The Full Court of the Federal Court has rejected an application to quash the decision of the Fair Work Commission in an unfair dismissal case, and in doing so has confirmed the significant limits which apply to judicial review of the decisions of an arbitral tribunal.
The applicant employee was employed as a ferry master by the respondent. After a mishap involving a ferry commanded by the applicant, he tested positive for cannabis. His employment was terminated as a result.
The respondent had a policy which required that employees be drug free and it required that this policy be obeyed, without discussion or variation.
The applicant brought proceedings for unfair dismissal before the Fair Work Commission (FWC) which dealt with the matter by way of arbitration.
The presiding Commissioner found that although there was a valid reason for the termination, the dismissal should be viewed as unfair because there was no evidence that a positive drug test was proof of impairment and there was no evidence of a link between the drug use and the accident aboard the ferry.
The respondent appealed to a Full Bench of the FWC.
The Full Bench of the FWC overturned the original decision.
The Full Bench concluded that the lack of any impairment arising from the drug use, and the absence of a link between drug use and the accident, were not factors relevant to the ground of misconduct applicable to the dismissal. The central issue was the applicant’s deliberate disobedience of the policy.
The applicant employee applied to the Full Court of the Federal Court for judicial review and an order (prerogative writ) quashing the decision of the Full Bench.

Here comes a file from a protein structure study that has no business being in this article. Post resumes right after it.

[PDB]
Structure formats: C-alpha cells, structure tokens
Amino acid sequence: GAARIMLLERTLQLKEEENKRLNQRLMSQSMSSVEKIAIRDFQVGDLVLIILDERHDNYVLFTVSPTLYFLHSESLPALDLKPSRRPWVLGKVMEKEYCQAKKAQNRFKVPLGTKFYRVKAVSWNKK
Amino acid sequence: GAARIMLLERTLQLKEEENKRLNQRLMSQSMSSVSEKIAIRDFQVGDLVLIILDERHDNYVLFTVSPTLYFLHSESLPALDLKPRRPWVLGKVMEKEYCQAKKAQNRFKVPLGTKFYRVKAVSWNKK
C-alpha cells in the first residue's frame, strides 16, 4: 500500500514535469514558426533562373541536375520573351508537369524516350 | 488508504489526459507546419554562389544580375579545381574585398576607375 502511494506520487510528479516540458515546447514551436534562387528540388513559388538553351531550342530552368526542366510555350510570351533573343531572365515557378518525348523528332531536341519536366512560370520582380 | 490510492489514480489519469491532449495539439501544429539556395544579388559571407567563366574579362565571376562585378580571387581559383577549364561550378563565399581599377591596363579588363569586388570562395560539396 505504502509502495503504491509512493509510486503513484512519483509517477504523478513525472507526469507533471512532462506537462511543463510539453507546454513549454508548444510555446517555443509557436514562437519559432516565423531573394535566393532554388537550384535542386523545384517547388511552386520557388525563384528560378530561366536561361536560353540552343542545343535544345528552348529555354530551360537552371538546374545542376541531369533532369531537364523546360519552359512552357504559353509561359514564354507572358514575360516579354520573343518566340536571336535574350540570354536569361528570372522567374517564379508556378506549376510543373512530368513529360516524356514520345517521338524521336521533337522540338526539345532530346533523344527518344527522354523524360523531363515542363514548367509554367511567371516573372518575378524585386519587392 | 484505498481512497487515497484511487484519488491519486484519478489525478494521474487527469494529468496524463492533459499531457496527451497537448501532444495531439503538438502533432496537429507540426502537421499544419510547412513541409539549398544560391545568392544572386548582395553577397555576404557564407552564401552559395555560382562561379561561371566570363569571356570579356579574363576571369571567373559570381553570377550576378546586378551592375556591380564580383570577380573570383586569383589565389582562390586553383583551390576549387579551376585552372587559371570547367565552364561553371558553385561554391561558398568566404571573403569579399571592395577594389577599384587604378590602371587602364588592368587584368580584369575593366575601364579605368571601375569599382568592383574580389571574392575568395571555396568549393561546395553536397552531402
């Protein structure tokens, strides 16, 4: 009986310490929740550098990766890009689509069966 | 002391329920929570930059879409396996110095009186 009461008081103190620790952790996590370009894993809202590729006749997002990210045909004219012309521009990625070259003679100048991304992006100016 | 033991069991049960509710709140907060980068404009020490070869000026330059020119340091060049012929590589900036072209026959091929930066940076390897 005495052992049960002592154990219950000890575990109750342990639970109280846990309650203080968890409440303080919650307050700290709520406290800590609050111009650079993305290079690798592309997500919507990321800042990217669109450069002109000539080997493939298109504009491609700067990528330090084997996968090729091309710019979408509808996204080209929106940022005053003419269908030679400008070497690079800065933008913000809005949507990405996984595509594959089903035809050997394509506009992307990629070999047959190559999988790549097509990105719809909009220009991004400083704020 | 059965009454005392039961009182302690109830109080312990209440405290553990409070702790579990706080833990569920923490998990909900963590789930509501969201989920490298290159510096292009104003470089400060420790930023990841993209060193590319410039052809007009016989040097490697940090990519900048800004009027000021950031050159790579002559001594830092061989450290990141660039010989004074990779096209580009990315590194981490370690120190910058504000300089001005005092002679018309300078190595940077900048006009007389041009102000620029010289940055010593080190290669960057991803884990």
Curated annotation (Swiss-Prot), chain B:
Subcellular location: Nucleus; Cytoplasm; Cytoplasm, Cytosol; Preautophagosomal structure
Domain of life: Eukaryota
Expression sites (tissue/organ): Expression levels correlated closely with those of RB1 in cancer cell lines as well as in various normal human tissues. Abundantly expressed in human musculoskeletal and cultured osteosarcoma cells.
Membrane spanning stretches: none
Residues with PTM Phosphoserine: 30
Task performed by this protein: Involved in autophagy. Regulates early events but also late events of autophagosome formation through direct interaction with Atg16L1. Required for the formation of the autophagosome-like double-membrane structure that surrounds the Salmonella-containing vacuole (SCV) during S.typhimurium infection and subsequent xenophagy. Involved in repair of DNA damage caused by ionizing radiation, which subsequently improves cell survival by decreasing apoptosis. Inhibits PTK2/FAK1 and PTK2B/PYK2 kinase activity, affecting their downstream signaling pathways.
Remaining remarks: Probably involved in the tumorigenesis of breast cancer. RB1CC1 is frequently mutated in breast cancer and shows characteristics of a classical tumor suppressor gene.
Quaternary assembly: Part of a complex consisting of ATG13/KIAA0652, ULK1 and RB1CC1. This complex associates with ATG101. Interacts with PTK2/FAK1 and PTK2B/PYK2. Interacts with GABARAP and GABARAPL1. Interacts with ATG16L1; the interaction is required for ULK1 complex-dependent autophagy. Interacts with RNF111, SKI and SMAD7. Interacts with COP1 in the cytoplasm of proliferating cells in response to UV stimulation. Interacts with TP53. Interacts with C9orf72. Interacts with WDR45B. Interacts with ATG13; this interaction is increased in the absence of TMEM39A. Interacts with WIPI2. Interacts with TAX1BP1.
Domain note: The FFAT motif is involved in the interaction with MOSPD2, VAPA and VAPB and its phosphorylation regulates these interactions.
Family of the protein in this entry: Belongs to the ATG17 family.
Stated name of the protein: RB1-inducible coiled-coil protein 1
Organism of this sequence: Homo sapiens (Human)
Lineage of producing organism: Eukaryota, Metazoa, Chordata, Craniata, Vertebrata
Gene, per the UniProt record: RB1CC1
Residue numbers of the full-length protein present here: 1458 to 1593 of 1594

Proceedings before the Full Court
The Full Court has the power to review, and quash, the decisions of an arbitral tribunal, such as the FWC, where the tribunal commits an error of jurisdiction.
The applicant argued that the Full Bench had made a series of jurisdictional errors largely in terms of the way in which it addressed the issue of impairment and the absence of any link with the accident.
The Full Court concluded that each of the issues raised by the applicant was a complaint about the weight or significance which the Full Bench gave to particular matters and did not point to any jurisdictional error.
The Full Court commented:
“…the fact that evaluative judgements are required at each of the different stages in the hearing and determination of an unfair dismissal case has an important significance for any attempt at judicial review of the final outcome. Unless the Full Bench misunderstood its own role, including the way to approach the task of appellate review, the broad evaluative judgment required also from it is not readily amenable to prerogative writs.”
The decision reinforces the difficulty which a litigant faces in taking matters beyond the appeal stage within the tribunal itself. The power of regular courts to intervene in the decision of a tribunal depends on establishing not simply that the tribunal made the wrong decision, but that it asked itself the wrong question or otherwise misconceived its jurisdiction.